Android L release for end users in fall, notable changes
There has been plenty of news from the Google I/O keynote today including some details of the next major version of the platform. Android L will be made available as a developer preview tomorrow, offering some ideas of what it brings to the table, and if you want to know about the Android L release for end users, well that’s coming in the fall.
Yesterday we saw some early screenshots of Android L that showed an early glimpse, and now developers are treated to an early release to test and use for app optimization. The final name and version number of Android L has yet to be confirmed but some of the UI changes include a revamped dialer and status bar and refreshed system apps.
Transition animations also have a new look while notifications are now accessible on the lockscreen. If you want to be taken directly to the app you can tap a notification shown there, or alternatively decide to swipe it off. There are also upgrades for the Chrome browser with one of the changes enabling various bits of the UI to alter in size, giving the user simpler access to the options most relevant to them.
As well as this there are enhancements to performance and GUI rendering is now set at 60fps for smoother scrolling. ART is the new runtime environment for Android L rather than KitKat’s Dalvik. There’s more to add to the mix too, with Project Volta to improve battery performance and also a new Battery Saver mode.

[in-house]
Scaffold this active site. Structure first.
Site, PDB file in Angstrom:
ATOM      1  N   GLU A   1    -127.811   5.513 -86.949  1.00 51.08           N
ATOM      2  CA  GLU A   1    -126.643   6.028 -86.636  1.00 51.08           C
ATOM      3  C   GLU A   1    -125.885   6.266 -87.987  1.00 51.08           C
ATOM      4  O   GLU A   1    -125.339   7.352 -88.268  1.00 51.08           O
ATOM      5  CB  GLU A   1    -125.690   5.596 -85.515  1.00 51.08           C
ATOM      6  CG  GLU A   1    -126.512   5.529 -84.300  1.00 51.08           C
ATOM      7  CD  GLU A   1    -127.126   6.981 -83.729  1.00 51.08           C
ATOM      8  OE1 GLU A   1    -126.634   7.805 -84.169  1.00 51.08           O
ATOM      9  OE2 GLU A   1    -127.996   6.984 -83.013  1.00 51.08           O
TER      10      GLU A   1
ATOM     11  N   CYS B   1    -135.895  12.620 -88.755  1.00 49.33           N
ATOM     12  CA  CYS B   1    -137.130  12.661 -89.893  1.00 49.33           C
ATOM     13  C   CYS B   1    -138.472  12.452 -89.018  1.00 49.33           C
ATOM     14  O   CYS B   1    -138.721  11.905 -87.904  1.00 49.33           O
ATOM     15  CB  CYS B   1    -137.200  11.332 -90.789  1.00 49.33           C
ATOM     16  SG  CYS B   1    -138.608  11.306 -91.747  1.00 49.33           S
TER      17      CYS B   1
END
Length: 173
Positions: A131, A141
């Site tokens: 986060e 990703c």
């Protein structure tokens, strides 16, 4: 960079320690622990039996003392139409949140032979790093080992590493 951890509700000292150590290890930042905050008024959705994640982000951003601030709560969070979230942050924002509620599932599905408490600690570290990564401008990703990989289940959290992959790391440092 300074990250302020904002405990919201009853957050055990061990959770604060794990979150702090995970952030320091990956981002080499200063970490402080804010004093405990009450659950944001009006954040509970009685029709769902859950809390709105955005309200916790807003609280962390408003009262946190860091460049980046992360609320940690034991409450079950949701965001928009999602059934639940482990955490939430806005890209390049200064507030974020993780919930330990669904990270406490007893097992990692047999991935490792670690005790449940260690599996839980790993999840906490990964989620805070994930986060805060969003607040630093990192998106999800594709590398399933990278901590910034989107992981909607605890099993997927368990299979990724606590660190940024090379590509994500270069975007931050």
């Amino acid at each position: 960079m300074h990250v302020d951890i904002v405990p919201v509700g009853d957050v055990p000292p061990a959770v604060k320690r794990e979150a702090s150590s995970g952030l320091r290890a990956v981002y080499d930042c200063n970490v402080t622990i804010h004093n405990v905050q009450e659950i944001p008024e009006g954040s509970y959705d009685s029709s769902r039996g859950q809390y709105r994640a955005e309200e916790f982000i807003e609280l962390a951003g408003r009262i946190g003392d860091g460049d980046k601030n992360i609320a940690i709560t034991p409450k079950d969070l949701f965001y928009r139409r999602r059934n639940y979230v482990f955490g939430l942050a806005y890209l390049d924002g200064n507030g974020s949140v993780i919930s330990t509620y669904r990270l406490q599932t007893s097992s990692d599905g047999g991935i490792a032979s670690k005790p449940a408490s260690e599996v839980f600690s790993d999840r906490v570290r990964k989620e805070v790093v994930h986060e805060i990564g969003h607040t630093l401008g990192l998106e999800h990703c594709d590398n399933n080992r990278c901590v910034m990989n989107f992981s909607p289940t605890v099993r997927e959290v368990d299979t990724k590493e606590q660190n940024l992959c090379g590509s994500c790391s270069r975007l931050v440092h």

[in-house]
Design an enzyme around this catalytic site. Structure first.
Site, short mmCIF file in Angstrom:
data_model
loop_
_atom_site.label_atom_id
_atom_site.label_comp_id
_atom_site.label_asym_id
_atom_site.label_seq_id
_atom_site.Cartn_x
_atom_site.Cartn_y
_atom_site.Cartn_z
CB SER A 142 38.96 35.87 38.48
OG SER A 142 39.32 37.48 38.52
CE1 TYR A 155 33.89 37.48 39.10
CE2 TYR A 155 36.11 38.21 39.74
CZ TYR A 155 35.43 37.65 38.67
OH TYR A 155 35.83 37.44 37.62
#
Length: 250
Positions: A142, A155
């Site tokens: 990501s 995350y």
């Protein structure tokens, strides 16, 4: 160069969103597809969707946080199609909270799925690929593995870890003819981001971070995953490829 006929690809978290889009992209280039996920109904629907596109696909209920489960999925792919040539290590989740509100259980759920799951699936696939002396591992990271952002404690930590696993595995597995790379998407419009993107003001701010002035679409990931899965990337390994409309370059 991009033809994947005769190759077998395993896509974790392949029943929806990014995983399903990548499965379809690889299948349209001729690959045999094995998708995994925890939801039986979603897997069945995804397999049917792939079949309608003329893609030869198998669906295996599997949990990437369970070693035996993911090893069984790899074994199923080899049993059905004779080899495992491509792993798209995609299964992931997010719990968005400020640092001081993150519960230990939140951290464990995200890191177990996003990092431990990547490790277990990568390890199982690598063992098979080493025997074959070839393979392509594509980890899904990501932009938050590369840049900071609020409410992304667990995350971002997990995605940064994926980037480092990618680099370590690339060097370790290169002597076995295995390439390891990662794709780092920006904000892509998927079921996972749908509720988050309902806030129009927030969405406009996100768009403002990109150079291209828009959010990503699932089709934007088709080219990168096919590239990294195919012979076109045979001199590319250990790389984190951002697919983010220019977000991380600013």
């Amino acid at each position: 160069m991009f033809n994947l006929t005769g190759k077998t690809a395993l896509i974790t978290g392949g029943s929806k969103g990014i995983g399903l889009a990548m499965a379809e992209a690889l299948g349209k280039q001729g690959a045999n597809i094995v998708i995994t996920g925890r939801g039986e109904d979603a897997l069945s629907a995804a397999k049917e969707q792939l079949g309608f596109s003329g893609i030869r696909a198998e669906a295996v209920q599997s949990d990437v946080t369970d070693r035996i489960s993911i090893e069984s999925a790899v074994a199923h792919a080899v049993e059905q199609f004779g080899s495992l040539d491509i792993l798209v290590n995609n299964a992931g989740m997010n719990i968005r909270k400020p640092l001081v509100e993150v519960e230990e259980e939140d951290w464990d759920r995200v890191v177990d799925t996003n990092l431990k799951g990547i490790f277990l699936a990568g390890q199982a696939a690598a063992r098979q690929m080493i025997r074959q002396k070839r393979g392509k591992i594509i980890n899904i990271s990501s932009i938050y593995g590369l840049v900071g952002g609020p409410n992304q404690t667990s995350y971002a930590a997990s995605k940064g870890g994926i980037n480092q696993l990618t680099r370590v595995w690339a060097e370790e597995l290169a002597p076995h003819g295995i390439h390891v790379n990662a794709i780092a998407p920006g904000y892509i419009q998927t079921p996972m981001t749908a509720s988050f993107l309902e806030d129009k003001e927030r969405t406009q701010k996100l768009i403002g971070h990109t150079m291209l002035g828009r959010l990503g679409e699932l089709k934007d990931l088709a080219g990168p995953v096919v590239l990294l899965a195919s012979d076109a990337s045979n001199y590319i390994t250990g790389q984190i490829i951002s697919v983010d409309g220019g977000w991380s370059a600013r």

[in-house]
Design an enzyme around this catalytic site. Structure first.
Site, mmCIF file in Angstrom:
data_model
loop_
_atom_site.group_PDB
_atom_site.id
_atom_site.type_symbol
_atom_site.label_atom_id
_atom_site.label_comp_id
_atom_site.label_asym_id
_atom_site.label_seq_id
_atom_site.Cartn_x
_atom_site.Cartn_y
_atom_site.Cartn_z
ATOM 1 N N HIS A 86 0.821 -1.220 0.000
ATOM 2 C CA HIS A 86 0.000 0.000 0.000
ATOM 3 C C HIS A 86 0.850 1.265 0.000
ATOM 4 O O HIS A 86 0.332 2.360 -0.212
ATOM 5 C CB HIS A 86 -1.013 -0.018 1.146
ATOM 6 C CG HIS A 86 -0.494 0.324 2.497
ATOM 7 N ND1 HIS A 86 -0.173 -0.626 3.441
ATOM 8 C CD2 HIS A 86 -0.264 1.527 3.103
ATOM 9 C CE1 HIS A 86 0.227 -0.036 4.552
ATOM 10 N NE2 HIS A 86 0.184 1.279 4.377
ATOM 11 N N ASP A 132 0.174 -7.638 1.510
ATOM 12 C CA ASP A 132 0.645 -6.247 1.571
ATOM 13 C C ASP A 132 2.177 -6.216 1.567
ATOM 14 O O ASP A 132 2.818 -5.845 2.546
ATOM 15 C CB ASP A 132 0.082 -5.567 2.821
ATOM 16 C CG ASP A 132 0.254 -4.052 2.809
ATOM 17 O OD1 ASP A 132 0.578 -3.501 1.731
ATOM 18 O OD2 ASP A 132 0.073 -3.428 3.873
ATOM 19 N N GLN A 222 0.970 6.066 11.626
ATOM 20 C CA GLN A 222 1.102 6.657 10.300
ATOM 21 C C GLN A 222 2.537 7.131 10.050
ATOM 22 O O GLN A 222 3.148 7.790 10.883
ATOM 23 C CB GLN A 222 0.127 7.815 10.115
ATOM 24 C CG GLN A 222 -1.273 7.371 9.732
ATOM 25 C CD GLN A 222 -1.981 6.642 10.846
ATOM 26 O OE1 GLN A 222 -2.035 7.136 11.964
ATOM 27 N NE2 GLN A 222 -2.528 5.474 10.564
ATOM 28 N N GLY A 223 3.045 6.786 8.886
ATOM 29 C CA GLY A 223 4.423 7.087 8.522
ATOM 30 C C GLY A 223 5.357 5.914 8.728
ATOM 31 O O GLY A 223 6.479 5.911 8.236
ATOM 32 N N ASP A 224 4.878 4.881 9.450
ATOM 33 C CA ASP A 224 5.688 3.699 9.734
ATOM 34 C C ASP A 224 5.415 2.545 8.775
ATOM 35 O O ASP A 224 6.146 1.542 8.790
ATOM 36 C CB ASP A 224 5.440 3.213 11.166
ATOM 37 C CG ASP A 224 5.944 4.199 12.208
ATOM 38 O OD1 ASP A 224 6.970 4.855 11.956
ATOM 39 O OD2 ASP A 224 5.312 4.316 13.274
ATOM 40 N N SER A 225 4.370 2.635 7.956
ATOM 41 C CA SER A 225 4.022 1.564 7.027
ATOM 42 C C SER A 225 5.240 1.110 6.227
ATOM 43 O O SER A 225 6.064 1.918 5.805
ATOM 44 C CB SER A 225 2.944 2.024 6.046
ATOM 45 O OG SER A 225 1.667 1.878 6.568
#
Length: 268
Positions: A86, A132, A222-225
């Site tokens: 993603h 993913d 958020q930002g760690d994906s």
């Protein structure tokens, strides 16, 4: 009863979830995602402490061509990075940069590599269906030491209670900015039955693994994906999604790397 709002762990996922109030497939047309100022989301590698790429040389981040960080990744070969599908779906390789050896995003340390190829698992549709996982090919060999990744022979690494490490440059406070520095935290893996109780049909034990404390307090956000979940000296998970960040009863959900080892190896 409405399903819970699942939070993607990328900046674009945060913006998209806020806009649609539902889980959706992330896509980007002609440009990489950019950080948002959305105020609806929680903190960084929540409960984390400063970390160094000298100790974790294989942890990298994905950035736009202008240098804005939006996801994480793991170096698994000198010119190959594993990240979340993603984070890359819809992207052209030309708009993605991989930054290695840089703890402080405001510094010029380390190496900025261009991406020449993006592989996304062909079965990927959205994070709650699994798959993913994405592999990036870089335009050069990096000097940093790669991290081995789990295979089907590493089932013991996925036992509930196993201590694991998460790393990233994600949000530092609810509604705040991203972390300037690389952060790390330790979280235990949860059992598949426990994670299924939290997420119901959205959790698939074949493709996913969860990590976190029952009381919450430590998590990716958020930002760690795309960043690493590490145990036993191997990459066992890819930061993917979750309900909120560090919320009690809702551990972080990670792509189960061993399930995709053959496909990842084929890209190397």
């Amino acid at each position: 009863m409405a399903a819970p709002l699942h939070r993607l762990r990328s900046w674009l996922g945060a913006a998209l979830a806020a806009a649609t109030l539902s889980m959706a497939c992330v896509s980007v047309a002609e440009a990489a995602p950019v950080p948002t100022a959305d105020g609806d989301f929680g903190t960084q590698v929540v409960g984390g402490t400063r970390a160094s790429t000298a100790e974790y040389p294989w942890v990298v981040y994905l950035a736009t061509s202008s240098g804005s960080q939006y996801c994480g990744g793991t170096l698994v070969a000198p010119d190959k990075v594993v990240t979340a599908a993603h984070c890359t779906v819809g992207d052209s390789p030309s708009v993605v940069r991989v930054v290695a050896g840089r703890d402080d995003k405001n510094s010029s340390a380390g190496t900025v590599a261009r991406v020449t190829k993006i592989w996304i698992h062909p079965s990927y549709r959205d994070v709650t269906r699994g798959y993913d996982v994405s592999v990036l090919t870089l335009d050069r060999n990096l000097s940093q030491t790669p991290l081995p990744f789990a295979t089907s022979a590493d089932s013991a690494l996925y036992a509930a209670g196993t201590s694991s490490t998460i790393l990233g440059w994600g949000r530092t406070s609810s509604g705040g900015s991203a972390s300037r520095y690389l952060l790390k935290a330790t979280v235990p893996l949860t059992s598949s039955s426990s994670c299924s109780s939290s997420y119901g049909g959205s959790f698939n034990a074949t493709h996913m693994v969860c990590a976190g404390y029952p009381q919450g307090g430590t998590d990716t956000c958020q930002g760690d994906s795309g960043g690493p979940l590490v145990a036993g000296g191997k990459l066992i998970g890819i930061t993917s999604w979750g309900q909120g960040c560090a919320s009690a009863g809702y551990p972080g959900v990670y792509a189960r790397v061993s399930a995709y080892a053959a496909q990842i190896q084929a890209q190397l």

A useful change is the ability for users to keep personal and work information separate and secure, without any modification needed for existing apps. This new feature will also be available for users of devices running Android 4.0 Ice Cream Sandwich or later. Another benefit is pulling fitness trackers into a single app dubbed Google Fit. This can access data from your smartphone, or other wearable technology devices.
Developers will be able to access factory images for the Android L beta for the Nexus 5 and 7 from tomorrow. Our early thoughts are that Android L is a significant update, and we’ll be bringing more news on this over the coming days, weeks and months. You can see a YouTube video below this story of the so-called “Material Design” from Google Developers. What are your initial impressions of Android L?